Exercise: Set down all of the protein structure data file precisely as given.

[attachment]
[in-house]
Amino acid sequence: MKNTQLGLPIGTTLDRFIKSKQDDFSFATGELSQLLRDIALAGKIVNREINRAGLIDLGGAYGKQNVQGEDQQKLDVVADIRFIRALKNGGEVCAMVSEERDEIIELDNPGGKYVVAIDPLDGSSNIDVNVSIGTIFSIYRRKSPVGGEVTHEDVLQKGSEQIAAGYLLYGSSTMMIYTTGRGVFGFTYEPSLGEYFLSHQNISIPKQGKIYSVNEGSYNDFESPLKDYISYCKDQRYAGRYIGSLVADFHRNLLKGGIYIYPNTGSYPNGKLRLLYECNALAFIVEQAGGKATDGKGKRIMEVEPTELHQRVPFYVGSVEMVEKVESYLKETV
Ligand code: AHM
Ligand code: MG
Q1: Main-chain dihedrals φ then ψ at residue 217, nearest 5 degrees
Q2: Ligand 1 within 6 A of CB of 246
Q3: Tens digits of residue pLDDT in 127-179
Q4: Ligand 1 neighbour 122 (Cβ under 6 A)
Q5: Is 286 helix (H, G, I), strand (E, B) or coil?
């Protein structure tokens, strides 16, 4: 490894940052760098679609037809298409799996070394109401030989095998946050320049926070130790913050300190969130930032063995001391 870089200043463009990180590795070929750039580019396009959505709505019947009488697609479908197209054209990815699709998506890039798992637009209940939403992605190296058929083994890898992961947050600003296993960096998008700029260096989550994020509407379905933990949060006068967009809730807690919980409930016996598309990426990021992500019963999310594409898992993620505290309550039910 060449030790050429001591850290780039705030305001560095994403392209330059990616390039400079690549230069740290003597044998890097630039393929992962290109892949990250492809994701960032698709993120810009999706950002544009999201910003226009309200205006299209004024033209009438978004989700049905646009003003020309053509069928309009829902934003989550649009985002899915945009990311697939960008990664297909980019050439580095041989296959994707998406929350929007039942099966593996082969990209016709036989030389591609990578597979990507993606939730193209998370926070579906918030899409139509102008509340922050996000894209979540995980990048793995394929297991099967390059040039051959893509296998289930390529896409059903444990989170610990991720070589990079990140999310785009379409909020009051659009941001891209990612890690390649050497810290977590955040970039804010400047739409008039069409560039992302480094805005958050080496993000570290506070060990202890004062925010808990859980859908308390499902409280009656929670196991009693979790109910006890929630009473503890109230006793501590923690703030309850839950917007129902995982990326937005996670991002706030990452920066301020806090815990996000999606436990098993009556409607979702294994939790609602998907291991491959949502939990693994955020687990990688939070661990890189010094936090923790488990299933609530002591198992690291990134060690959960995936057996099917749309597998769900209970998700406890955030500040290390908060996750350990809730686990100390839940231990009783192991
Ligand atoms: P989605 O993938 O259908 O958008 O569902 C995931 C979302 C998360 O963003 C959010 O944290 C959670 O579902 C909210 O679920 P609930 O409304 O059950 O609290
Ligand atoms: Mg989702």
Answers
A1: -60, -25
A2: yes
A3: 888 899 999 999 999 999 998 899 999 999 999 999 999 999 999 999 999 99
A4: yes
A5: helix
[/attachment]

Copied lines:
[in-house]
Amino acid sequence: MKNTQLGLPIGTTLDRFIKSKQDDFSFATGELSQLLRDIALAGKIVNREINRAGLIDLGGAYGKQNVQGEDQQKLDVVADIRFIRALKNGGEVCAMVSEERDEIIELDNPGGKYVVAIDPLDGSSNIDVNVSIGTIFSIYRRKSPVGGEVTHEDVLQKGSEQIAAGYLLYGSSTMMIYTTGRGVFGFTYEPSLGEYFLSHQNISIPKQGKIYSVNEGSYNDFESPLKDYISYCKDQRYAGRYIGSLVADFHRNLLKGGIYIYPNTGSYPNGKLRLLYECNALAFIVEQAGGKATDGKGKRIMEVEPTELHQRVPFYVGSVEMVEKVESYLKETV
Ligand code: AHM
Ligand code: MG
Q1: Main-chain dihedrals φ then ψ at residue 217, nearest 5 degrees
Q2: Ligand 1 within 6 A of CB of 246
Q3: Tens digits of residue pLDDT in 127-179
Q4: Ligand 1 neighbour 122 (Cβ under 6 A)
Q5: Is 286 helix (H, G, I), strand (E, B) or coil?
């Protein structure tokens, strides 16, 4: 490894940052760098679609037809298409799996070394109401030989095998946050320049926070130790913050300190969130930032063995001391 870089200043463009990180590795070929750039580019396009959505709505019947009488697609479908197209054209990815699709998506890039798992637009209940939403992605190296058929083994890898992961947050600003296993960096998008700029260096989550994020509407379905933990949060006068967009809730807690919980409930016996598309990426990021992500019963999310594409898992993620505290309550039910 060449030790050429001591850290780039705030305001560095994403392209330059990616390039400079690549230069740290003597044998890097630039393929992962290109892949990250492809994701960032698709993120810009999706950002544009999201910003226009309200205006299209004024033209009438978004989700049905646009003003020309053509069928309009829902934003989550649009985002899915945009990311697939960008990664297909980019050439580095041989296959994707998406929350929007039942099966593996082969990209016709036989030389591609990578597979990507993606939730193209998370926070579906918030899409139509102008509340922050996000894209979540995980990048793995394929297991099967390059040039051959893509296998289930390529896409059903444990989170610990991720070589990079990140999310785009379409909020009051659009941001891209990612890690390649050497810290977590955040970039804010400047739409008039069409560039992302480094805005958050080496993000570290506070060990202890004062925010808990859980859908308390499902409280009656929670196991009693979790109910006890929630009473503890109230006793501590923690703030309850839950917007129902995982990326937005996670991002706030990452920066301020806090815990996000999606436990098993009556409607979702294994939790609602998907291991491959949502939990693994955020687990990688939070661990890189010094936090923790488990299933609530002591198992690291990134060690959960995936057996099917749309597998769900209970998700406890955030500040290390908060996750350990809730686990100390839940231990009783192991
Ligand atoms: P989605 O993938 O259908 O958008 O569902 C995931 C979302 C998360 O963003 C959010 O944290 C959670 O579902 C909210 O679920 P609930 O409304 O059950 O609290
Ligand atoms: Mg989702």
Answers
A1: -60, -25
A2: yes
A3: 888 899 999 999 999 999 998 899 999 999 999 999 999 999 999 999 999 99
A4: yes
A5: helix